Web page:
# Section 3.4 Exponential Growth and Decay ```Section 3.4 Exponential Growth and Decay
Many natural systems grow or decay over time. For example, population, radioactivity, cooling,
heating, chemical reactions, and money.
Let y = f (t) some function that represents the number of something with respect to time.
If we want to think about how something changes  as in a rate of change what do we look at?
A derivative: y' = f ' (t)
But wouldn't you agree that it is reasonable that this rate of change (of say, population) must be
somehow related to the original f (t)?
In fact, most of the time, in growth &amp; decay problems:
f ' (t) = k f (t) where k is called a proportionality constant
Normally, this is written as:
dy
= k y which is a differential equation
dt
If k 0
called law of natural growth
If k 0
called law of natural decay
This particular differential equation is quite easy to solve because you are looking for a function y
whose derivative is a constant multiple of itself. Do we know any such functions? Yes and only one:
et
Theorem: The only solutions of
dy
= k y are the exponential functions y t = y 0ekt .
dt
How can we use this information? To solve practical problems related to growth and decay! You (the
class) should review the exercises given as examples on pg. 168  173. I will do different ones in the
notes so you can see as many as possible.
Examples
1. A common inhabitant of human intestines is the bacterium E. coli. A cell of this bacterium in a
nutrient-broth medium divides into two cells every 20 minutes. The initial population of a
culture is 60 cells.
a. Find the relative growth rate. (This means, what is k?)
dy
= k y where y t = y 0ekt (note k is the same in both equations)
dt
Let y (t) = population of bacteria
t = time, in hours (choose your own scale)
y(0) = initial population
y(0) = 60
1
1
at t = 20 min = hr, y = 2 60 = 120
3
3
Use the formula:
y t = y 0 ekt
k
1
y = 60 e
3
1
3
120 = 60 e
2=e
k
k
1
3
1
3
solve for k using logarithms
1
k
3
3 ln 2 = k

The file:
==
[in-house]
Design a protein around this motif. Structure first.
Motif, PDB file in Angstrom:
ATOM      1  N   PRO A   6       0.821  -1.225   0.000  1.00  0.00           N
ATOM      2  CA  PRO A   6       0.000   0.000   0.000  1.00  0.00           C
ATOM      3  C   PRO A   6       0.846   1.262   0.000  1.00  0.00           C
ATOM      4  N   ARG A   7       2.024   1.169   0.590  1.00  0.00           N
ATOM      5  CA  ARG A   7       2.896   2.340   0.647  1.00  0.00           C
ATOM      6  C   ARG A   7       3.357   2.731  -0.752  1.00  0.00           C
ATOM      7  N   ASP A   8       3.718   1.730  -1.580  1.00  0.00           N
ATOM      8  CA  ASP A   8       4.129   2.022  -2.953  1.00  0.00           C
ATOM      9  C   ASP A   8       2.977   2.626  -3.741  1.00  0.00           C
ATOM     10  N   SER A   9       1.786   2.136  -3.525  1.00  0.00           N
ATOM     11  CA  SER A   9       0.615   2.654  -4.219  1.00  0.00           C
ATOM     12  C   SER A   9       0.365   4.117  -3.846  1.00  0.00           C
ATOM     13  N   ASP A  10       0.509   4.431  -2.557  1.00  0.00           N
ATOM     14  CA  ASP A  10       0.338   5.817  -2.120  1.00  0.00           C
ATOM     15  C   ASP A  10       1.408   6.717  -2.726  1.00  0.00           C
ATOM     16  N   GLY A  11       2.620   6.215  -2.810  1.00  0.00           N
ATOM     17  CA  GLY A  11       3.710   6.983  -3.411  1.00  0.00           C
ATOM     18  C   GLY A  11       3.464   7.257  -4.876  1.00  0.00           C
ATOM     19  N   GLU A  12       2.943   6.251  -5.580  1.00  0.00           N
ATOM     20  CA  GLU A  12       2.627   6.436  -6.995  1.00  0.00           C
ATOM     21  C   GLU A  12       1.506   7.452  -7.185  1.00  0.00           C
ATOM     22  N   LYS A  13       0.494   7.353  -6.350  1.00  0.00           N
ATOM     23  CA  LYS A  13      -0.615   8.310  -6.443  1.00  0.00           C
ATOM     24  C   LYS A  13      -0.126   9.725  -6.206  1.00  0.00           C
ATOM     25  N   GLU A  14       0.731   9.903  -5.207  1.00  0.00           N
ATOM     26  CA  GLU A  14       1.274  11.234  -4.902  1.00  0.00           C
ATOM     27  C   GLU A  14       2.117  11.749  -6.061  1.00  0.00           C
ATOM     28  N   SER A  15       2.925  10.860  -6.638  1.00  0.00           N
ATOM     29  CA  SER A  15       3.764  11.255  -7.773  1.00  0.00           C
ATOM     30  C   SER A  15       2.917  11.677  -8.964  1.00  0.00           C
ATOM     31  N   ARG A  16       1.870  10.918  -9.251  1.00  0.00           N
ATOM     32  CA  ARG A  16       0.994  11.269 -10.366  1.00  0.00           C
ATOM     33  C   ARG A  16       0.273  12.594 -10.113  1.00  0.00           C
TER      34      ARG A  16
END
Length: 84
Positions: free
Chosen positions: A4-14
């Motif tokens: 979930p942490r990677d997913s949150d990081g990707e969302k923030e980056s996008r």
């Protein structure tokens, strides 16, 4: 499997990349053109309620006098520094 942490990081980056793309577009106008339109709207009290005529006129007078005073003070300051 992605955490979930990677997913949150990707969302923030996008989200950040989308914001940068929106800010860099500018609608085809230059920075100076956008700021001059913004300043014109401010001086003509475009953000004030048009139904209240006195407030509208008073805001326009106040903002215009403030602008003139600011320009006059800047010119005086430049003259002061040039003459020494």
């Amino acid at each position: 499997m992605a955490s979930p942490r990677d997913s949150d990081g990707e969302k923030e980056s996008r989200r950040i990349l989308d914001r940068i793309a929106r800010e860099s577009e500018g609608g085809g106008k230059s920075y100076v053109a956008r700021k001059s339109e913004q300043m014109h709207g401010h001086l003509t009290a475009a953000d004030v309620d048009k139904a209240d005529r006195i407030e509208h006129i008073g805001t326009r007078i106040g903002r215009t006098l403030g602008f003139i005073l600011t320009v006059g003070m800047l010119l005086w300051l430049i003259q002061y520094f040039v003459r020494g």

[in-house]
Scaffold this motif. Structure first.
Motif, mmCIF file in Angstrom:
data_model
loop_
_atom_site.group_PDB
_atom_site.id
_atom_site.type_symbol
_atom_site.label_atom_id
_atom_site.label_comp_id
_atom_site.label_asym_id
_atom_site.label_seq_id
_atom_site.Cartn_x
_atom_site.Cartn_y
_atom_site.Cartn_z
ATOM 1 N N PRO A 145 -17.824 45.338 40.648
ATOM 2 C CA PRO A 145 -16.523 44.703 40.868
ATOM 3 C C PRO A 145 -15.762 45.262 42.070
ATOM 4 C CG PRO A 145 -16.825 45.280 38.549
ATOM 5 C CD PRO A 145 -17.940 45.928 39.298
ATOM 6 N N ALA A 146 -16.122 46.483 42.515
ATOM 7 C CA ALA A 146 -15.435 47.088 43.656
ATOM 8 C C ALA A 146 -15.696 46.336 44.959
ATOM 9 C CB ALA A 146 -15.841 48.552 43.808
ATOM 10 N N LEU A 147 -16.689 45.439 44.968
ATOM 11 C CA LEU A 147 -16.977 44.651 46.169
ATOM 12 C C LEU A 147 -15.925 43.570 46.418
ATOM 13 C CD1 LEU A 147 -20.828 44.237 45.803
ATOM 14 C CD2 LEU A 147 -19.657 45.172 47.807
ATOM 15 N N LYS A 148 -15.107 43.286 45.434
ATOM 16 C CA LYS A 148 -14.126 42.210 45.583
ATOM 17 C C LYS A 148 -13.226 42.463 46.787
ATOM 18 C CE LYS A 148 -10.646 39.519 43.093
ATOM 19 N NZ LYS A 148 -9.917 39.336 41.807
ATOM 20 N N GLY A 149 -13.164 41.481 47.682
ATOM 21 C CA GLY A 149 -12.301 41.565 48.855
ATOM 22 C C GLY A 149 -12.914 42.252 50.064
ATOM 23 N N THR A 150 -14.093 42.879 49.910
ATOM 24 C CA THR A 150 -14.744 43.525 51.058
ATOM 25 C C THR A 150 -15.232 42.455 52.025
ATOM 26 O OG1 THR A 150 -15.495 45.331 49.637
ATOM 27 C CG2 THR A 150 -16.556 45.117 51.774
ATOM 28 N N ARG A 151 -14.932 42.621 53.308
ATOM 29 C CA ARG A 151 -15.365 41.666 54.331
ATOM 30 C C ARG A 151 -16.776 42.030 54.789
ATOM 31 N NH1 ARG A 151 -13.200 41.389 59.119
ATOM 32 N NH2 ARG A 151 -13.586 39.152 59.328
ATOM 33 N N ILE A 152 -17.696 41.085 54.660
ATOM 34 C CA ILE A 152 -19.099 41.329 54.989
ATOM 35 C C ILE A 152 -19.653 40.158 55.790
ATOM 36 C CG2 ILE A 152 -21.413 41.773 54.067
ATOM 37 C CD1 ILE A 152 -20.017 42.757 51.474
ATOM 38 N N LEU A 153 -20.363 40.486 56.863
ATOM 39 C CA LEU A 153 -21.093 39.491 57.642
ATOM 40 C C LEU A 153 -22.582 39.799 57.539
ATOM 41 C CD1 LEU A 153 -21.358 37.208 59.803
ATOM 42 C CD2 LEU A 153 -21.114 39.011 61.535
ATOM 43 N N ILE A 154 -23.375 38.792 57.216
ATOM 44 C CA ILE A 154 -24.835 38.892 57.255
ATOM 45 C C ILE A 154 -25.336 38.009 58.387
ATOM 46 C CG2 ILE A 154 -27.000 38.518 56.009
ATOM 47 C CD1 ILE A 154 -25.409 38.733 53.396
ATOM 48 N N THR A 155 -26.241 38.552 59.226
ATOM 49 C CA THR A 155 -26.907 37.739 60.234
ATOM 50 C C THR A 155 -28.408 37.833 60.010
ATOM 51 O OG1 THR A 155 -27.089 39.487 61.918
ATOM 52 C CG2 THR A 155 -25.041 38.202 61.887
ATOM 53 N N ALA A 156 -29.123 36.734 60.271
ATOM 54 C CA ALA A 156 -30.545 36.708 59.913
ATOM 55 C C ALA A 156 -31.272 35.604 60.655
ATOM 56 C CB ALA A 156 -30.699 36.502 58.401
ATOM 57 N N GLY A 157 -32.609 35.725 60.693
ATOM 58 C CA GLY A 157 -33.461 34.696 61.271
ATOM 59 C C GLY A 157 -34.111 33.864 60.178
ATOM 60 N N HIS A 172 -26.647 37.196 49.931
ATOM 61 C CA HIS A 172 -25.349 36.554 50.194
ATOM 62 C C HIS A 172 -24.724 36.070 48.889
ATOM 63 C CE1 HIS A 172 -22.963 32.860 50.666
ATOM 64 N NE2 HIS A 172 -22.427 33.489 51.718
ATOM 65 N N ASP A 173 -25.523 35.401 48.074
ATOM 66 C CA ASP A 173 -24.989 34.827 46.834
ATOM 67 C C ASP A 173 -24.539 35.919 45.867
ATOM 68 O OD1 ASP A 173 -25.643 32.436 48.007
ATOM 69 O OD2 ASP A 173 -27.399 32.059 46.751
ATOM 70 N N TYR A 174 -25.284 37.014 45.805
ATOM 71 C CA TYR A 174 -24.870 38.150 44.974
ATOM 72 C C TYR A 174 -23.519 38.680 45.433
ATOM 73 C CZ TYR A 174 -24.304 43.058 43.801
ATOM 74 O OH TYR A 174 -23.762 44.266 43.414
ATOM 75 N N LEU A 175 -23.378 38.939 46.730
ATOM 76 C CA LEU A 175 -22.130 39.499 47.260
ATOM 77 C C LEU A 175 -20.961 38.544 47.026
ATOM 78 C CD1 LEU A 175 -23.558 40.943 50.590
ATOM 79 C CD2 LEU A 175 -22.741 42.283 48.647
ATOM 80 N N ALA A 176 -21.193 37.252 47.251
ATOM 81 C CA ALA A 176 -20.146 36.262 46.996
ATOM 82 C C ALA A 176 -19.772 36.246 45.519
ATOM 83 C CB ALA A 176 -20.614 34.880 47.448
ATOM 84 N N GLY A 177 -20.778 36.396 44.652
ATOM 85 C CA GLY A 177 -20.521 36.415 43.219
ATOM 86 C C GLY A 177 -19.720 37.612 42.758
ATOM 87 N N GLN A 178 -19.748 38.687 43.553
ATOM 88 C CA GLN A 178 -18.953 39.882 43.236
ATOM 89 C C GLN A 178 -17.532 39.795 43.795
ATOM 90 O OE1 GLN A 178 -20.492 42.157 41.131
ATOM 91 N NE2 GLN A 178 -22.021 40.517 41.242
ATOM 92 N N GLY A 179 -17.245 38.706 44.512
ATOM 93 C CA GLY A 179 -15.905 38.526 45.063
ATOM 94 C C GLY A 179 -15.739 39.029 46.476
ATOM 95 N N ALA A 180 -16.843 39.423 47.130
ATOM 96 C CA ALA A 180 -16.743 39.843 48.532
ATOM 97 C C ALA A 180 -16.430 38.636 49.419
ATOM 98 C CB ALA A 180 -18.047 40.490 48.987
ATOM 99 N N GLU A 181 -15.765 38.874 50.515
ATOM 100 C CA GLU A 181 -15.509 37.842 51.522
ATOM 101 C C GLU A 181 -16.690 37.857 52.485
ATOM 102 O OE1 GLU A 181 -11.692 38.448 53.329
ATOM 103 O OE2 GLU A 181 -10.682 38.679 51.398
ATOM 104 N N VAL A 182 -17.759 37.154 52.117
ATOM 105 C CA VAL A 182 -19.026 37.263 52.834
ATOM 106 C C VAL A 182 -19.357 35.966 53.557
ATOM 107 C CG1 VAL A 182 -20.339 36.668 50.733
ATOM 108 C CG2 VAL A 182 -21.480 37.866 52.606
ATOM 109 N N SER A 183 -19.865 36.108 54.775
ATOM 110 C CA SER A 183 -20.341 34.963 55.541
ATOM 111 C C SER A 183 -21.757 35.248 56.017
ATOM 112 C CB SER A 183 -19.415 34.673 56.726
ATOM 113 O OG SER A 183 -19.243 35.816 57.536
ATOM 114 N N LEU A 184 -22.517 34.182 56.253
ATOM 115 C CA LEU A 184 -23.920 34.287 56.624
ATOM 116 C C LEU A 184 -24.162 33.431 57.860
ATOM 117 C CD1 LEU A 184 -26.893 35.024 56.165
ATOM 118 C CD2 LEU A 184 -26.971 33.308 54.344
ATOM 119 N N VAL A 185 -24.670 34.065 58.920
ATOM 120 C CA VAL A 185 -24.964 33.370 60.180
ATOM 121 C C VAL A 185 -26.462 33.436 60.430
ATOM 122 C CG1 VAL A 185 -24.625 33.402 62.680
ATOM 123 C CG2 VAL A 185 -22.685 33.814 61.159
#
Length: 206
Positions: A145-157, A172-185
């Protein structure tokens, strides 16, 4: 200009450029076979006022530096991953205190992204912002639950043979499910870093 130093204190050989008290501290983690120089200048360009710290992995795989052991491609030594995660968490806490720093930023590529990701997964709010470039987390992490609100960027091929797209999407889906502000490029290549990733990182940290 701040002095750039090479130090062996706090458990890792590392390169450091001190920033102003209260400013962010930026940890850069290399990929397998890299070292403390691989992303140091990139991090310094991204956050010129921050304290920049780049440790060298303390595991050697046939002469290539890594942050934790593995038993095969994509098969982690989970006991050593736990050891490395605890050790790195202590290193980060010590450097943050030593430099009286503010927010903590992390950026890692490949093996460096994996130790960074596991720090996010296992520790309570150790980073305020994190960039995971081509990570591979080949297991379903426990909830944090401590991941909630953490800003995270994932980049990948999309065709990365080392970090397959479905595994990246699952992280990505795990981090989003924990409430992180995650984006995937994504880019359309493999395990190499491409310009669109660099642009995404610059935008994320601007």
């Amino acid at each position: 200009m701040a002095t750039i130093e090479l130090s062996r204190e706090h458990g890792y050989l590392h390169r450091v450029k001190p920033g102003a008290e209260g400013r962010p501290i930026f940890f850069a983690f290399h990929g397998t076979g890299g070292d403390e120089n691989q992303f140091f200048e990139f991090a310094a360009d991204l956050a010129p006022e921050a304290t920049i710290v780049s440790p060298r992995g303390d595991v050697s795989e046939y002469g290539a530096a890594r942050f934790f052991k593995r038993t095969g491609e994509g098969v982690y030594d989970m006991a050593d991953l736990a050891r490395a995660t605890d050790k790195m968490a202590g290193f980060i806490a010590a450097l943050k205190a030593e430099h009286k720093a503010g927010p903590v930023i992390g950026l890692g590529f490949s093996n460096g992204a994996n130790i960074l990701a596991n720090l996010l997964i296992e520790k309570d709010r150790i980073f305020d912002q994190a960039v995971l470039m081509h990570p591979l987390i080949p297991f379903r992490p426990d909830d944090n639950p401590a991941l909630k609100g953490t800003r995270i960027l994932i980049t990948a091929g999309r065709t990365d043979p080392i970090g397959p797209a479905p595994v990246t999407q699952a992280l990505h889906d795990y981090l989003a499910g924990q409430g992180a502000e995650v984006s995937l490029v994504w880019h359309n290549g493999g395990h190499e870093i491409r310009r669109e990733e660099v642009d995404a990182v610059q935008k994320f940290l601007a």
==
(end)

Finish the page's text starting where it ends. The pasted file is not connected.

ln 2 =
ln 23 = k
k = ln 8
b. Find an expression for the number of cells after t hours. (That means put k into your form
and keep general t)
So:
y t = y 0ekt
y t = 60e t ln 8
y t = 60eln 8
y t = 608 t
t
c. Find the number of cells after 8 hours. (This means use your formula when t = 8)
y 8 = 6088 1,006,632,960 (wow!)
d. Find the rate of growth after 8 hours.
Just like when we did rate of change problems, rate of growth is
dy
.
dt
dy
= ky
dt
So, substitute in what we know when t = 8.
We know
dy
8
8 = ln
8608
2.09 billion
dt
y(8)
k
e. When will the population reach 20,000 cells? (This means, find t when y (t) = 20,000)
y t = y 0ekt
20,000 = 608 t
20,000
= 8t
60
1,000
= 8t
3
1,000
t
log8
= log8 8
3
1,000
t = log 8
3
1,000
ln
3
(leave in this form)
t=
ln 8
t 2.8 hrs
2. The table gives the population of the United States, from census figures in millions, for the
years 1900 to 2000.
Year
Population
1900
76
1910
92
1920
106
1930
123
1940
131
1950
150
1960
179
1970
203
1980
227
1990
250
2000
275
a. Use an exponential model and the census figures for 1900 to 1910 to predict the population
in 2000. Compare to the actual figure and try to explain the discrepancy.
dy
= ky where y t = y 0ekt
dt
Let y (t) = population of bacteria
t = time, in hours
y(0) = initial population
In 1900
y = 76
Let 1900 be t = 0
In 1910
y = 92
So, 1910 is t = 10
y(0) = 76
at t = 10 years, y(10) = 92
Use the formula to find k (the relative growth rate)
y t = y 0ekt
k 10
92 = 76e
92
= e10k
76
23
ln
= 10 k
19
1
23
k=
ln
0.0191
10
19
Leave like this
Put back into our formula
y t = 76 e
23
1
t
ln
10
19
What we really want is population estimate when it's the year 2000.
What is t then? t = 100 yrs
y 100 = 76 e
23
1
ln
100
10
19
10 ln
23
19
y 100 = 76
e
Leave like this
y 100 513.5 million
Our census said 275 million. Why are we so far off? The formula is based on what has
happened in 1900 to 1910  it doesn't account for outside circumstances. Perhaps declining
birth rate, less immigration, etc.
b. Use an exponential model and the census figures for 1980 to 1990 to predict population in
2000.
In 1980
In 1990
y = 227
y = 250
Let 1980 be t = 0
So, 1990 is t = 10
y(0) = 227
at t = 10 years, y(10) = 250
y t = y 0ekt
Find k
k 10
250 = 227e
250
= e10k
227
250
ln
= 10 k
227
1
250
k=
ln
0.00965
10
227
Leave like this
Put back into our formula
y t = 227 e
250
1
ln
t
10
227
Population estimate when it's the year 2000. t = 20 yrs
y 20 = 227 e
1
250
ln
200
10
227
2 ln
y 20 = 227 e
ln
y 20 = 227 e
250
227
250
227
2
250 2
275.3 million
227
y 20 = 227
Leave like this
As compared to 275 million, not bad at all.
3. Bismuth-210 has a half-life of 5.0 days.
a. A sample originally has a mass of 800 mg. Find a formula for the mass remaining after tdays.
dy
= ky where y t = y 0ekt
dt
Let y(t) = mass of Bismuth-210, in mg
t = time, in days
y(0) = initial mass, in mg
y(0) = 800
when t = 5 days, y(5) = 400
Note, half-life is the amount of time for &frac12; of the material to decay (or be removed)
Use formula to find k.
y t = y 0ekt
k 5
400 = 800e
400
= e5k
800
1
= ln e5k ln
2
1
ln
= 5k
2
1
1
1
1
k = ln
= ln 2 = ln 2
5
2
5
5
Put back into formula
y t = 800 e
1
ln 2 t
5
t
ln 2
5
y t = 800 e
y t = 800 eln 2
t
5
y t = 8002
More common way to write
Re-arrange
Power Law
t
5
Simplify
b. Find the mass after 30 days (Find y(t) when t = 30)
30
5
y 30 = 8002
= 80026
1
= 800
64
100
25
=
=
= 12.5 mg
8
2
c. When is the mass reduced to 1 mg? (Find t when y(t) = 1)
1 = 8002
t
5
t
1
=2 5
800
t
1
log2
= log2 2 5
800
1
ln
800
t
=
ln 2
5
1
5 ln
800
t=
48 days
ln 2
Leave like this